Language is everything – because language is thought.
Get people to accept a given meaning and their thinking follows. This includes inventing new meanings, the opposite of the original meaning.
Obvious examples include “liberal” – which used to mean someone who favored small government and leaving people alone. And “customer,” which at one time meant someone who sought a service or bought a product they were free to not buy.
The latest example of meaning inversion is the use of the word “market” to describe the use of government redistribution of other people’s money to promote something which would probably fail absent the government-redistributed money.
For example, the “awarding” – there’s another one! – of $60 million in “grants” to rural communities, for the purposes of Potempkin Villaging into existence a “market” for automated transportation, including automated shuttle buses.
Which, of course, are styled “autonomous” busses – another meaning inversion. But they are in fact automated, not “autonomous.” They are under the control of some other party, not you. They are certainly not independent, free from external control – which is what autonomous used to mean.
The obvious but never posed question arises: If there is a need for shuttle buses – whether automated or not – then a market (no italics or air quotes) already exists, does it not?
The market provides for such needs, without the need for redistribution – via the profit motive. If there is need enough to make it worth offering shuttle bus service – i.e., money can be earned by providing it – then someone would provide it.
If a market exists, there is no need to Potemkin Village one into existence; one which will only exist for as long as it is propped up by government redistribution of other people’s money – which those people would probably have rather spent on things of value to themselves.
Implicit in these “grants” is the absence of a market.
But that absence never stopped the busybodies and control freaks who constitute “the government.” These believe there ought to be automated shuttle busses and so on in these rural communities and are going to pop them into existence regardless of the absence of any actual market for them.
They will create one – in the manner of the “market” for health insurance, which everyone is forced to buy. Or rather, which everyone is forced to pay for – and then the busybodies and control freaks who constitute “the government” decide how much medical treatment we’ll get.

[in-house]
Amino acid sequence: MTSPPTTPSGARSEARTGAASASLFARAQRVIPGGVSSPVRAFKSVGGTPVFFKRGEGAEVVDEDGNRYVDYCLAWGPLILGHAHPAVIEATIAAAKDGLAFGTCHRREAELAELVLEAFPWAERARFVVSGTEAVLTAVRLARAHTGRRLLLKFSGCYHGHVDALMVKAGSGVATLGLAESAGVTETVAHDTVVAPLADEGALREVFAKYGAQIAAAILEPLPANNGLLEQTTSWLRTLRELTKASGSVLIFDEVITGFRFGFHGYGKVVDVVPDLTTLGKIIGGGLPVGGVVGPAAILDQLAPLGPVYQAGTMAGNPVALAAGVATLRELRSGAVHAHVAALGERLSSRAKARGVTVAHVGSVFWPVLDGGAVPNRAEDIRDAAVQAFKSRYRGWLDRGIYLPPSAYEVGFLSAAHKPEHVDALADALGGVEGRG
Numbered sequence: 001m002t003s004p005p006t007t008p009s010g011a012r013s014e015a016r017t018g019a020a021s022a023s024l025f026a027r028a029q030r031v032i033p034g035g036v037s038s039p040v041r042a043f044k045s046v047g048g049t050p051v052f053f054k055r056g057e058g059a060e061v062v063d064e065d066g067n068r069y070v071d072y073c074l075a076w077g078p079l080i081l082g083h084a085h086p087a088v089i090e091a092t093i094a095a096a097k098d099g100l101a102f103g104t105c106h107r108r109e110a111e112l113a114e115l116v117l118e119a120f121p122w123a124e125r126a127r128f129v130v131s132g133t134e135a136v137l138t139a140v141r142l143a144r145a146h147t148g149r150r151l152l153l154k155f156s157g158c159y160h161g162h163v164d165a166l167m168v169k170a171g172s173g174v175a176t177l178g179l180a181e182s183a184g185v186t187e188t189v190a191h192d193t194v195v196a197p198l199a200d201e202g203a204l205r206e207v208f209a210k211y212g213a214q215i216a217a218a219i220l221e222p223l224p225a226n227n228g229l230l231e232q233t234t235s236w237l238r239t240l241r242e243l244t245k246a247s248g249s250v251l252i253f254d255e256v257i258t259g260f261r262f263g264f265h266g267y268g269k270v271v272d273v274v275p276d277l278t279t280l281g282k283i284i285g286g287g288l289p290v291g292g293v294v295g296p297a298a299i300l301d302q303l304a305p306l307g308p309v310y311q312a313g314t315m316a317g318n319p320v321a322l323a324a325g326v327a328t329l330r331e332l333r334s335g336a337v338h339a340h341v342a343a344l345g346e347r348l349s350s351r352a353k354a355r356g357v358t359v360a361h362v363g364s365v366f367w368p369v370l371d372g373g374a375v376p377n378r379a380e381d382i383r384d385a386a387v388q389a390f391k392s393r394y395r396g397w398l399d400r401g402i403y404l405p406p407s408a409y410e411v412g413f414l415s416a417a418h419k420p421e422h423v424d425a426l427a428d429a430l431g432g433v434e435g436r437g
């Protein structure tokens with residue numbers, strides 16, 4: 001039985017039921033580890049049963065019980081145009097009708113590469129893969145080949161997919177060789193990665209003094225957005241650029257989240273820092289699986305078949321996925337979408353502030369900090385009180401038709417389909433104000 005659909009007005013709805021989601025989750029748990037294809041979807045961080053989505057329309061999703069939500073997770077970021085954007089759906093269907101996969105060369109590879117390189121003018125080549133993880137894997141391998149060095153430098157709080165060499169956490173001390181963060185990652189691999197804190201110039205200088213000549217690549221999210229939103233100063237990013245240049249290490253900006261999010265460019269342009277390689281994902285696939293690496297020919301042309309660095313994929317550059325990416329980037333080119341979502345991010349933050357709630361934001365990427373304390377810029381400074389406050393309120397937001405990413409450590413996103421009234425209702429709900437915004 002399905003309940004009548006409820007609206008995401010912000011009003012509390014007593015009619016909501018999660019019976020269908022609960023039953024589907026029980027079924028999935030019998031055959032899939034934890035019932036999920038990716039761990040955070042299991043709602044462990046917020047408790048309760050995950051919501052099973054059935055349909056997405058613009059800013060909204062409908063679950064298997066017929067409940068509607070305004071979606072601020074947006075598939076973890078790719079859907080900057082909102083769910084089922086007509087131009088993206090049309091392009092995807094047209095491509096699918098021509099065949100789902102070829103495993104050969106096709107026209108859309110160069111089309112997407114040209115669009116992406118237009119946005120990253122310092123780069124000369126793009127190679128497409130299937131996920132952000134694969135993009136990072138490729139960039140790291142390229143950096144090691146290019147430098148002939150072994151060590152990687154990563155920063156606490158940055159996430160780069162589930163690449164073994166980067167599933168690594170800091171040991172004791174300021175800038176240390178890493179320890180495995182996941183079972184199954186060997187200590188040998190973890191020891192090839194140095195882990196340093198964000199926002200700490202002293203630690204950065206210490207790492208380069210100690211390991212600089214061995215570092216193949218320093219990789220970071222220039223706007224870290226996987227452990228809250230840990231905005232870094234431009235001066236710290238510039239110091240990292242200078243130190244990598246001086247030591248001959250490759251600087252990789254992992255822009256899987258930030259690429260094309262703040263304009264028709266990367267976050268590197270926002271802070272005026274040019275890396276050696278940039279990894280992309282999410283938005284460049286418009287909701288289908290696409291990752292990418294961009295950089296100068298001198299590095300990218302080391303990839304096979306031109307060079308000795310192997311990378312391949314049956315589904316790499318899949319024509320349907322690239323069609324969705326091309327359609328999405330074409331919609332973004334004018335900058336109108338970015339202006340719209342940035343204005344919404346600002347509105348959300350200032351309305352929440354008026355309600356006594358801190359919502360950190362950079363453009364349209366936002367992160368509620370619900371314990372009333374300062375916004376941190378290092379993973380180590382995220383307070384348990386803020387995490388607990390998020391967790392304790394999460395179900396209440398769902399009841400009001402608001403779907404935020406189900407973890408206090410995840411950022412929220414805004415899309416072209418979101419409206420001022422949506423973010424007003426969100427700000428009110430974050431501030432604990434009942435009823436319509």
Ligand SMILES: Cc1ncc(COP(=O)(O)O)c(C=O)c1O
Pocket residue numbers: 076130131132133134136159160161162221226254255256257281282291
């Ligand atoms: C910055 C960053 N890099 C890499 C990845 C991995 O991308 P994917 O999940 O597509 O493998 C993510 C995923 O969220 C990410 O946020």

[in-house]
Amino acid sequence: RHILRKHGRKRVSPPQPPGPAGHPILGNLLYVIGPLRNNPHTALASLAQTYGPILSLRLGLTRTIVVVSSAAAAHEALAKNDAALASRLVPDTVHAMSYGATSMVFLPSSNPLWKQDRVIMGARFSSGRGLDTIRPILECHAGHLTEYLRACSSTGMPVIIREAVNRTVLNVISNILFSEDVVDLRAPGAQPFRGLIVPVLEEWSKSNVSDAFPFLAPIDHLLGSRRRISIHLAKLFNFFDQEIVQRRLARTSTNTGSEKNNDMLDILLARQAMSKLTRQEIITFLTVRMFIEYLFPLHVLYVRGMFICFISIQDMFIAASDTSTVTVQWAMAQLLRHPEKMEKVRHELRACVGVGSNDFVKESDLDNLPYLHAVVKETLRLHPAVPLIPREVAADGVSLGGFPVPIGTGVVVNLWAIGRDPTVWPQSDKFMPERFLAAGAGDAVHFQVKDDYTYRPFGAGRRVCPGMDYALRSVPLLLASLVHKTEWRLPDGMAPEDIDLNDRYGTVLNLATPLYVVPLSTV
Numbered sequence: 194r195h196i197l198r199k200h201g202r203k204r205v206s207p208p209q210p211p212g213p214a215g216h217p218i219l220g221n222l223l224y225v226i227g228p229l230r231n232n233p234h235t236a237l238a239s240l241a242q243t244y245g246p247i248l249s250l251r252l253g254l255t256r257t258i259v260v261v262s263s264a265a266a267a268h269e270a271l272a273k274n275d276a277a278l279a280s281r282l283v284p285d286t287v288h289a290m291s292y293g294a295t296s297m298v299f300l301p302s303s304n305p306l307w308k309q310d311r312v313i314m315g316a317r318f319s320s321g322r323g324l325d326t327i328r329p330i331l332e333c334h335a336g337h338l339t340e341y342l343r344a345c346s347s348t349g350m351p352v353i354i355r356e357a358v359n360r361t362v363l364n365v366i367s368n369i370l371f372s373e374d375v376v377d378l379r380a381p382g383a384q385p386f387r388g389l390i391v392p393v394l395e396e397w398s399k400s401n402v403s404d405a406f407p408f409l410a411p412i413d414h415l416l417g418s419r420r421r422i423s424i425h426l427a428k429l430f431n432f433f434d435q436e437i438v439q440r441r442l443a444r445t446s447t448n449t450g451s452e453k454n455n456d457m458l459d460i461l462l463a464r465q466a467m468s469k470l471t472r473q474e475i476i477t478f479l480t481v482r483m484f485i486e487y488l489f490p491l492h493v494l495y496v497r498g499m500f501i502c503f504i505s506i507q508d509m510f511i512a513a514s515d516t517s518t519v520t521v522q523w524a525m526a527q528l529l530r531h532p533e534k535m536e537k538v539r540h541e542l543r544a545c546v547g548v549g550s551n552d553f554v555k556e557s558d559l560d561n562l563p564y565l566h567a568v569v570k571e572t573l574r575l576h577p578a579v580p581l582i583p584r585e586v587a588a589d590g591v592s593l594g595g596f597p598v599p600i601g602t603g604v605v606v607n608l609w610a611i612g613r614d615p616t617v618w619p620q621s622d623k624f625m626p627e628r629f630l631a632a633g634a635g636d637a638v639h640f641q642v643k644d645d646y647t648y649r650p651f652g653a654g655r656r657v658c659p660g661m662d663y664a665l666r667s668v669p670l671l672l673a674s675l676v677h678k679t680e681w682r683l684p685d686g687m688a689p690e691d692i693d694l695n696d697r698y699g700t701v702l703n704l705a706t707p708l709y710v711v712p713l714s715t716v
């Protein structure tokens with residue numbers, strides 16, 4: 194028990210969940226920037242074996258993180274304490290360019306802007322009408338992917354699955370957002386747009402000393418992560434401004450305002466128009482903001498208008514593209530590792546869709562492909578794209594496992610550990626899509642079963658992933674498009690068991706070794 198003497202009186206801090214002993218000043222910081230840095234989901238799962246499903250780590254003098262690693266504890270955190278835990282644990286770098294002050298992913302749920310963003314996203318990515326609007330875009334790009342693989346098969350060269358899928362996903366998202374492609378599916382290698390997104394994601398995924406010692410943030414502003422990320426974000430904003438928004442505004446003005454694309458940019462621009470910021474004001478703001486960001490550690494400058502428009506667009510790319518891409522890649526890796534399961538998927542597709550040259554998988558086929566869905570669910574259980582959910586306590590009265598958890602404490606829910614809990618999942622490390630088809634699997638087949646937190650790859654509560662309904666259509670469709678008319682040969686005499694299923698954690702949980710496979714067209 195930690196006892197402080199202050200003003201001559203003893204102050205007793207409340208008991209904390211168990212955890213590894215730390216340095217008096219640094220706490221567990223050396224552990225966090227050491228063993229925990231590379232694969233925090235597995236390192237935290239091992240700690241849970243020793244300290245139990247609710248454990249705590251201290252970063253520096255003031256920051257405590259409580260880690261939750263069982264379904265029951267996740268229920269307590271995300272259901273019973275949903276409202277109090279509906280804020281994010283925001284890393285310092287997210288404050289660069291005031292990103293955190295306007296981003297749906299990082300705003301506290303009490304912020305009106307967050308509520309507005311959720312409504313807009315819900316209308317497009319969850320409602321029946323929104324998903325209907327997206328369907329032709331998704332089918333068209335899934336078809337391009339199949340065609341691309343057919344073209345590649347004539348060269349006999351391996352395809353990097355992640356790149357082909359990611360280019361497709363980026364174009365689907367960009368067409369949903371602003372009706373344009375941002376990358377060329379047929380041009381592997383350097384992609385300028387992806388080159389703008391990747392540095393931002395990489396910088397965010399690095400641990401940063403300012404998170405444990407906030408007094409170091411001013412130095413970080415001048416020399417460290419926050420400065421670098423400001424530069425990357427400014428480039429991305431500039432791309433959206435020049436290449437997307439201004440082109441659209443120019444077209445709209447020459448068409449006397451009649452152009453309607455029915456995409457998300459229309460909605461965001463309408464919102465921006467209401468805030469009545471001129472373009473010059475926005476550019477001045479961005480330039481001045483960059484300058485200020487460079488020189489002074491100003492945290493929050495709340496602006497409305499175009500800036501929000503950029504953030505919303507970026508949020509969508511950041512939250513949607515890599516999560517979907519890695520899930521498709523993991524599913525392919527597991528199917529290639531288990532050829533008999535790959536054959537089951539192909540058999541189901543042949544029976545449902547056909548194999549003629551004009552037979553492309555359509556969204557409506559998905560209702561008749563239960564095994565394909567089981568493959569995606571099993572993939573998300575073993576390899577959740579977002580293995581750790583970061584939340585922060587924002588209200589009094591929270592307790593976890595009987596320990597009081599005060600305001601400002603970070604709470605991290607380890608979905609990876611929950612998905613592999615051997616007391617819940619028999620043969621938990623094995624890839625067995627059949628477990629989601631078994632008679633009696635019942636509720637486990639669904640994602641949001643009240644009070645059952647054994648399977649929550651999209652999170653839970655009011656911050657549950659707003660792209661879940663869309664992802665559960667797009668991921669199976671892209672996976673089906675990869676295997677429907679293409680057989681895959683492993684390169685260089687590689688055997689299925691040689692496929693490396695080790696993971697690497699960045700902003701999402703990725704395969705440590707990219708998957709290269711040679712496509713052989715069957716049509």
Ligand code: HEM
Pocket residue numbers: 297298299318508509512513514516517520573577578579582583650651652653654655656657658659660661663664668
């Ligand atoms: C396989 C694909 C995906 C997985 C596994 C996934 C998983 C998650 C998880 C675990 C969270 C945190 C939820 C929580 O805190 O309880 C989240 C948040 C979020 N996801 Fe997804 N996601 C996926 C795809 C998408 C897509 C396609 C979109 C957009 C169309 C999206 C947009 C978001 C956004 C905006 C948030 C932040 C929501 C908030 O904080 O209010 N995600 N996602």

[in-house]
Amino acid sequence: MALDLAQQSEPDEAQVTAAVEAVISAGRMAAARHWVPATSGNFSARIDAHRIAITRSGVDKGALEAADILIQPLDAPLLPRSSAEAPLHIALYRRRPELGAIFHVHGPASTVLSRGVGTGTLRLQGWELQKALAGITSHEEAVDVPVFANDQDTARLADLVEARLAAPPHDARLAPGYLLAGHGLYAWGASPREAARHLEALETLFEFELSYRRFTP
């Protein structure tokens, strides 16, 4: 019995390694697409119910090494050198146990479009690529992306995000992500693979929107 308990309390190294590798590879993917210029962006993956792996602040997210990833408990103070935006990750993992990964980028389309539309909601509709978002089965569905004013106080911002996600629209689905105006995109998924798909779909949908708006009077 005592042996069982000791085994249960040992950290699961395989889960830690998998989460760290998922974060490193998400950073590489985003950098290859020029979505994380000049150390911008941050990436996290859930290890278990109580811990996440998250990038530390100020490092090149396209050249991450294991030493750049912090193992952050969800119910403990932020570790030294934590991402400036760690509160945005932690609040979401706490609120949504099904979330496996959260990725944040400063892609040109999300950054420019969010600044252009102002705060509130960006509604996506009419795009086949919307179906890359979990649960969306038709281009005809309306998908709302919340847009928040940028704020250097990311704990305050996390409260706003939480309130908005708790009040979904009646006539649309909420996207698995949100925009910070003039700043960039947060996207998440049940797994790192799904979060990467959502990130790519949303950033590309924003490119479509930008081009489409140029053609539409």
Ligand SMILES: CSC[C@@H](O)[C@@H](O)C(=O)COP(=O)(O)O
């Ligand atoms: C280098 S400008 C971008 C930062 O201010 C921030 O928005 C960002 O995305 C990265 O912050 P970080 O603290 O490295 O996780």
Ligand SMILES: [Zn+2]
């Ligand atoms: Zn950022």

The media is dripping with saturation coverage about the Automated Future. Well, if it is The Future, by dint of its general marvelousness, why is it necessary to shove the proverbial funnel down the goose’s throat and force-feed it to him? Why does inevitability need a nudge?
But the rural communities aren’t victims – they are clamoring to be the recipients of stolen property.
The corrupting influence of this theft rendered something acceptable by the alchemy of transmuted meaning – a “liberal” is now someone who cannot conceive of a government that isn’t too big and doesn’t micromanage every aspect of a person’s life (except when it comes to a woman’s “right” to terminate a pregnancy; in that case, she is free to do as she likes) and – presto! – the busybodies and control freaks at the rural community level are just as eager to put other people’s money into their pockets as the busybodies and control freaks in Washington are to take it out of other people’s pockets.
Just call it a “grant” and it transmutes into innocuousness, like the package of ground beef nicely presented at the grocery store. No need to think about the cow and what became of him.
Thus, “73 proposals” have been received by the federal Department of Transportation, each a rent-seeking plea for other people’s manna to rain down upon them.
It’s all couched in gentle-sounding euphemistic language. The industry trade publication Automotive News published a “news” (really, opinion-mongering) piece describing the “conversation” between one of the small communities – or rather, that small community’s busybodies and control freaks – and the rent-seeking companies who will provide the automated shuttle busses there is no market for.
A conversation – in non-political language – is free of force. But the use of that word in this context is very deliberate; it is used to imply a free exchange – we’re just talking! But when the “conversation” involves the busybodies and control freaks who constitute the government – whether in Washington or in a rural community – there is always a gun on the table.
It is a “conversation” of the kind that Luca Brasi had with Johnny Fontaine’s manager – except less honestly conducted.
When it comes to the government and the busybodies and control freaks who make it up, it is necessary to mewlingly couch the violence inherent in everything they touch with airbrushed words designed to hide the violence, by preventing any discussion of it.
If the debate is merely about “expanding markets,” who could object?
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